Without moving the pancakes, cook until the first sides are golden brown, about 2 – 3 minutes. (How to tell if the pancake is getting brown, if you can’t move it to look? The edges will get slightly crispy. And see those bubbles that form in the batter? When they "pop", the pancake is ready to be turned. Or, okay, okay, gently lift a corner with a spatula to see for yourself, no harm, no foul.) Flip the pancakes over and cook another minute. Transfer to a serving plate, drizzle with syrup and dig in!

NUTRITION INFORMATION Per Pancake: 124 Calories; 5g Tot Fat; 2g Sat Fat; 25mg Cholesterol; 230mg Sodium; 15g Carb; 0g Fiber; 4g Sugar; 3g Protein. WEIGHT WATCHERS POINTS: WW Old Points 3 & WW PointsPlus 3 & SmartPoints 4

Kitchen Parade is written by second-generation food columnist Alanna Kellogg and features fresh, seasonal dishes for every-day healthful eating and occasional indulgences. Do you have a favorite recipe that other Kitchen Parade readers might like? Just send me a quick e-mail via How to print a Kitchen Parade recipe. Never miss a recipe! If you like this recipe, sign up for a free e-mail subscription. If you like Kitchen Parade, you're sure to like my food blog about vegetable recipes, too, A Veggie Venture. Follow Kitchen Parade on Facebook!


Blueberry Pancakes – Drop a few fresh or still-frozen blueberries onto the top of each pancake when first put into the griddle.
Poppy Seed Pancakes – Add a splash of vanilla and a tablespoon of poppy seeds to the batter.
Pancake Gashouse Eggs – Remember Gashouse Eggs? At lunch yesterday, a friend mentioned how his mother made Gashouse Egg Pancakes. She'd put the pancake batter in the skillet, clear out the center a bit and drop in an egg. Voila! Gashouse Eggs made with pancakes!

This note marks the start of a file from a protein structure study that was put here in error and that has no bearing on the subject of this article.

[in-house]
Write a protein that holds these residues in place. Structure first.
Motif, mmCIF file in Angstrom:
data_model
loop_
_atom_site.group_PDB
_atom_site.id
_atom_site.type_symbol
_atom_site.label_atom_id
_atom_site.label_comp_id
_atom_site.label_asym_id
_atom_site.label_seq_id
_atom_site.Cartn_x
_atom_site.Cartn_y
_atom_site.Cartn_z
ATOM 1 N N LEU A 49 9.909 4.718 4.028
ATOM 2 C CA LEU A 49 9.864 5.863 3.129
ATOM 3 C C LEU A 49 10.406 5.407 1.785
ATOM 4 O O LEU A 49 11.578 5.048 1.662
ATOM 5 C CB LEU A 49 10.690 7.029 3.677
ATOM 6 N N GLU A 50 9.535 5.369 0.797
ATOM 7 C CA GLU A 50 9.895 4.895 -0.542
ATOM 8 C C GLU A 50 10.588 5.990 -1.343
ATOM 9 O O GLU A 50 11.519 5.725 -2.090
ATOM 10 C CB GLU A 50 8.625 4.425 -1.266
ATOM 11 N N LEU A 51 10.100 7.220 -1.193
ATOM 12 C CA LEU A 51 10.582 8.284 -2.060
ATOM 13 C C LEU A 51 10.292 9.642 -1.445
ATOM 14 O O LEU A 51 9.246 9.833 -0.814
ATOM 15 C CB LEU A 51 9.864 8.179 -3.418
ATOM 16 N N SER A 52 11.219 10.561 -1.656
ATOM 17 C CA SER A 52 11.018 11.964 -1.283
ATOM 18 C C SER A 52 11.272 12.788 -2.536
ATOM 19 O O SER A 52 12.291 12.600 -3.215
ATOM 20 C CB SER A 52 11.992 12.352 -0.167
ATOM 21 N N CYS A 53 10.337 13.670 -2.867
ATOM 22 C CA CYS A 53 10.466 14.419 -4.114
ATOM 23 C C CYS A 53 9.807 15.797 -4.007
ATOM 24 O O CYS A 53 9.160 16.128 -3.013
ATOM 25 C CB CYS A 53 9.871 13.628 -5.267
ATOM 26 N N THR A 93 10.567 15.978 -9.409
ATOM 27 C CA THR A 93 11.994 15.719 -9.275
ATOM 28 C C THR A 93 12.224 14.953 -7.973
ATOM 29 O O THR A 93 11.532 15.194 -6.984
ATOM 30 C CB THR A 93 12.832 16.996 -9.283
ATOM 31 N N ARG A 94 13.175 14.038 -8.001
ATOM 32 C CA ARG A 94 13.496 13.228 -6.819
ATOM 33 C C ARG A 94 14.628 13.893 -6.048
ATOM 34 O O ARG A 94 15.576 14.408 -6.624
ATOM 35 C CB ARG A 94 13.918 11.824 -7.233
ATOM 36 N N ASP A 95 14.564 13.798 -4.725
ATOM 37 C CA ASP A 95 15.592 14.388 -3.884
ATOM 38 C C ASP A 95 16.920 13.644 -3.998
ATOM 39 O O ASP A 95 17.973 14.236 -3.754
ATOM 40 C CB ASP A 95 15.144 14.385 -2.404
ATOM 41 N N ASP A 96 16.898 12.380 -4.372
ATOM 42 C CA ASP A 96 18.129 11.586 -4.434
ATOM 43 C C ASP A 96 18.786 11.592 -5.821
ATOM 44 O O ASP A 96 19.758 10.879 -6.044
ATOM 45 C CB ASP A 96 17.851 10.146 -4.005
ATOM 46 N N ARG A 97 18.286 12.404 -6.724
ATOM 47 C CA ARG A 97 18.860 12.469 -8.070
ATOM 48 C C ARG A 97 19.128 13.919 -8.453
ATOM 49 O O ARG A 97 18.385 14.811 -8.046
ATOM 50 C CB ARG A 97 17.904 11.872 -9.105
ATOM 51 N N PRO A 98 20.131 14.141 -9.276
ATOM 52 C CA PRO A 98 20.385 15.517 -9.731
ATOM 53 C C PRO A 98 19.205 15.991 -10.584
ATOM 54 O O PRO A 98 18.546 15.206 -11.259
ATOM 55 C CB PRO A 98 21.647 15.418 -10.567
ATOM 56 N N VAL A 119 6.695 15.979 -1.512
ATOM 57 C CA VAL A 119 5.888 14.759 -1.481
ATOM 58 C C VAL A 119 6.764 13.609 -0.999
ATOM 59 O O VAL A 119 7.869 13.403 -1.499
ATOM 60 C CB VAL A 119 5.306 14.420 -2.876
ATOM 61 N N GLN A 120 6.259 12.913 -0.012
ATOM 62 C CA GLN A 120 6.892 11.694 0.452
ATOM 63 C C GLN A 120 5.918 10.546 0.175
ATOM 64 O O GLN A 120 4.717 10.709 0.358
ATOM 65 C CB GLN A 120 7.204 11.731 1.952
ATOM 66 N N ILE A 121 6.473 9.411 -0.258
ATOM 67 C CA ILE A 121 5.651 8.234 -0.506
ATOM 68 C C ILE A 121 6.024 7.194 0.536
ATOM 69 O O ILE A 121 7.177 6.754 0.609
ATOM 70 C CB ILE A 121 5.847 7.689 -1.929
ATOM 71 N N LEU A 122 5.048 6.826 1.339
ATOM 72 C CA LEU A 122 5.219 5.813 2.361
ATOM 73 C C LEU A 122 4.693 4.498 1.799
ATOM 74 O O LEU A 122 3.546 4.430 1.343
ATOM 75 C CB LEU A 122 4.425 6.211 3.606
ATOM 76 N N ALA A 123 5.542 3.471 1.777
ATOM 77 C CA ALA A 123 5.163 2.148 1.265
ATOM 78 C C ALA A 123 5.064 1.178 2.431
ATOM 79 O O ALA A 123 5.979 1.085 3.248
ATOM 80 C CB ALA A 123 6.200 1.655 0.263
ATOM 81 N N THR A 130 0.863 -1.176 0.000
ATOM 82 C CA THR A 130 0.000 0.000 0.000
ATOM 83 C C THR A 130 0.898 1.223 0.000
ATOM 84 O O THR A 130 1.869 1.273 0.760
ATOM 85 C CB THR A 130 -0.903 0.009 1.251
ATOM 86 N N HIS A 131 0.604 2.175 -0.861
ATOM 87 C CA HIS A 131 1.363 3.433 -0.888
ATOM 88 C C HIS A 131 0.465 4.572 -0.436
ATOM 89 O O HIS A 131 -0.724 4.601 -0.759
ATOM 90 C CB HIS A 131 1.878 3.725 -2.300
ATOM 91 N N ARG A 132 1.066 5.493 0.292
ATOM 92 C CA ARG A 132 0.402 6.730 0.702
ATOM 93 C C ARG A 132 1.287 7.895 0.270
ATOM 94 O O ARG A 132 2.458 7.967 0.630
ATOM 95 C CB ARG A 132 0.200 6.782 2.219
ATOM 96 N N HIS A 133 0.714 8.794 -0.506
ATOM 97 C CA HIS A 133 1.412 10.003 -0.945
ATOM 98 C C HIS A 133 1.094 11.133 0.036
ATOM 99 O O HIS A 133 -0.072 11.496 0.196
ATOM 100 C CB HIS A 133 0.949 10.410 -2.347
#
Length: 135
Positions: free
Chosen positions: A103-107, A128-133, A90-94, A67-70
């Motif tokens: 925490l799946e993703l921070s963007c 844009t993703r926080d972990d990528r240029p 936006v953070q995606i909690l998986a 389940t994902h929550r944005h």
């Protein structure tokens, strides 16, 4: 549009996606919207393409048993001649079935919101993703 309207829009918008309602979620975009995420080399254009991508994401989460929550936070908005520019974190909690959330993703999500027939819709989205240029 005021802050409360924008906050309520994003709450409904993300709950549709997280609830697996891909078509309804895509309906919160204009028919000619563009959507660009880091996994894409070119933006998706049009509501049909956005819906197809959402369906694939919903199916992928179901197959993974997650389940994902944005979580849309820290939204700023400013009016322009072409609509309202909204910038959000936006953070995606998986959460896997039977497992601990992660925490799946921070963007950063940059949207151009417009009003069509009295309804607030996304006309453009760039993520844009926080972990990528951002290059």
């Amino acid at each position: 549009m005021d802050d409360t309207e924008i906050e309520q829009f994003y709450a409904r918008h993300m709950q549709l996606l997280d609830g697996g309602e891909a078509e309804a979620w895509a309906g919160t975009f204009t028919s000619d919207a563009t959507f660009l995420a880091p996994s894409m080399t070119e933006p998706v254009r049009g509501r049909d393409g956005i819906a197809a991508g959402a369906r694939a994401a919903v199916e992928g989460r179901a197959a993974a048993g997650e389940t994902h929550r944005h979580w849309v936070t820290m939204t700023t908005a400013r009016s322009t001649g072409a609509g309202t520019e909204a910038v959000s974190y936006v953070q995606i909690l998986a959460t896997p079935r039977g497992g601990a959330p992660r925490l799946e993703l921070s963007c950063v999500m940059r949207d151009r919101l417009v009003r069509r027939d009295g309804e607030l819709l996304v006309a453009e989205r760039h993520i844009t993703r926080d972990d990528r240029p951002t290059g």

Cottage Cheese Pancakes – I love these light and rich, low-carb and protein-packed Cottage Cheese Pancakes.
Pancake Mix – My dad reminds me that in later years, Mom relied on Hungry Jack as her favorite pancake mix. It's a funny story, how she came to this, it's told here.
Pancake Family – Turns out, we're a pancake family! My sister has perfected her recipe for many years, especially developing tiny, small, medium and large batches for different sized family groups. I think you'll love her Lifetime Pancakes.

More Favorite Pancake Recipes

(hover for a description, click a photo for a recipe)
Cornmeal Pancakes with Blueberry Compote Lifetime Pancakes Cottage Cheese Pancakes
~ more breakfast & brunch recipes ~
from Kitchen Parade

~ Spinach Pancakes ~
~ Carrot Buttermilk Pancakes ~
~ more breakfast recipes with vegetables ~
from A Veggie Venture, my food blog

More Cooking Lessons

with many tips and tricks for new and experienced cooks, alike
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Cinnamon Sugar Cookies Easy-Easy Chocolate Sheet Cake How to Make Flaky Tender Pie Crust

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(helping home cooks save money on groceries)

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are we sisters separated at birth? First your dad's recipe for "gashouse eggs" (what I call "Eggs in a frame") and now this recipe for "My Mom's pancakes"! We had these growing up too. Mom would invite people over after mass on Sunday and make these. So many good meals and memories!
Ha! I'll check. Yes, I'm on a breakfast kick for a bit. One more in a couple of weeks! I think you'll like it! PS I am so charmed by your mother inviting people over for pancakes - we get so hyped up over food anymore, it has to be a twenty-course meal. Aren't pancakes enough?!
Awesome recipe! I doubled it and had to substitute some some condensed milk for one of the eggs but they turned out perfect! So nice and fluffy! Thanks for the recipe!

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Thank you for taking a moment to write! I read each and every comment, for each and every recipe. If you have a specific question, it's nearly always answered quick-quick. But I also love hearing your reactions, your curiosity, even your concerns! When you've made a recipe, I especially love to know how it turned out, what variations you made, what you'll do differently the next time. ~ Alanna